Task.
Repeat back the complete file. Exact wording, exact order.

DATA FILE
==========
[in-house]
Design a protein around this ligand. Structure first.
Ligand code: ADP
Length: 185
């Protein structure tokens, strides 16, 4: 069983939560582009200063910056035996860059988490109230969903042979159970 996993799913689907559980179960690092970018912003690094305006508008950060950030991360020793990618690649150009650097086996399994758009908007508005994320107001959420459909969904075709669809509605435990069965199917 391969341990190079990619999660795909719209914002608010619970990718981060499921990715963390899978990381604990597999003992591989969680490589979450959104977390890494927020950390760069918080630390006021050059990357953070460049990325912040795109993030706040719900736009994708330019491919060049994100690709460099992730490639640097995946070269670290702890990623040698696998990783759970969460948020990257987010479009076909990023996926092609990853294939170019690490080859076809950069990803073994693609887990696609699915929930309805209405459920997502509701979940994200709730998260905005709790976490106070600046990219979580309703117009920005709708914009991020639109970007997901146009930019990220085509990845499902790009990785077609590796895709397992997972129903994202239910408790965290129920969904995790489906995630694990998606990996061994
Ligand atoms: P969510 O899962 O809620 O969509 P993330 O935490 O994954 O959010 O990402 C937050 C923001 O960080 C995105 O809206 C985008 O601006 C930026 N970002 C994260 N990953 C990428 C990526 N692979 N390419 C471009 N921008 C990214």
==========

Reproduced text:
[in-house]
Design a protein around this ligand. Structure first.
Ligand code: ADP
Length: 185
């Protein structure tokens, strides 16, 4: 069983939560582009200063910056035996860059988490109230969903042979159970 996993799913689907559980179960690092970018912003690094305006508008950060950030991360020793990618690649150009650097086996399994758009908007508005994320107001959420459909969904075709669809509605435990069965199917 391969341990190079990619999660795909719209914002608010619970990718981060499921990715963390899978990381604990597999003992591989969680490589979450959104977390890494927020950390760069918080630390006021050059990357953070460049990325912040795109993030706040719900736009994708330019491919060049994100690709460099992730490639640097995946070269670290702890990623040698696998990783759970969460948020990257987010479009076909990023996926092609990853294939170019690490080859076809950069990803073994693609887990696609699915929930309805209405459920997502509701979940994200709730998260905005709790976490106070600046990219979580309703117009920005709708914009991020639109970007997901146009930019990220085509990845499902790009990785077609590796895709397992997972129903994202239910408790965290129920969904995790489906995630694990998606990996061994
Ligand atoms: P969510 O899962 O809620 O969509 P993330 O935490 O994954 O959010 O990402 C937050 C923001 O960080 C995105 O809206 C985008 O601006 C930026 N970002 C994260 N990953 C990428 C990526 N692979 N390419 C471009 N921008 C990214």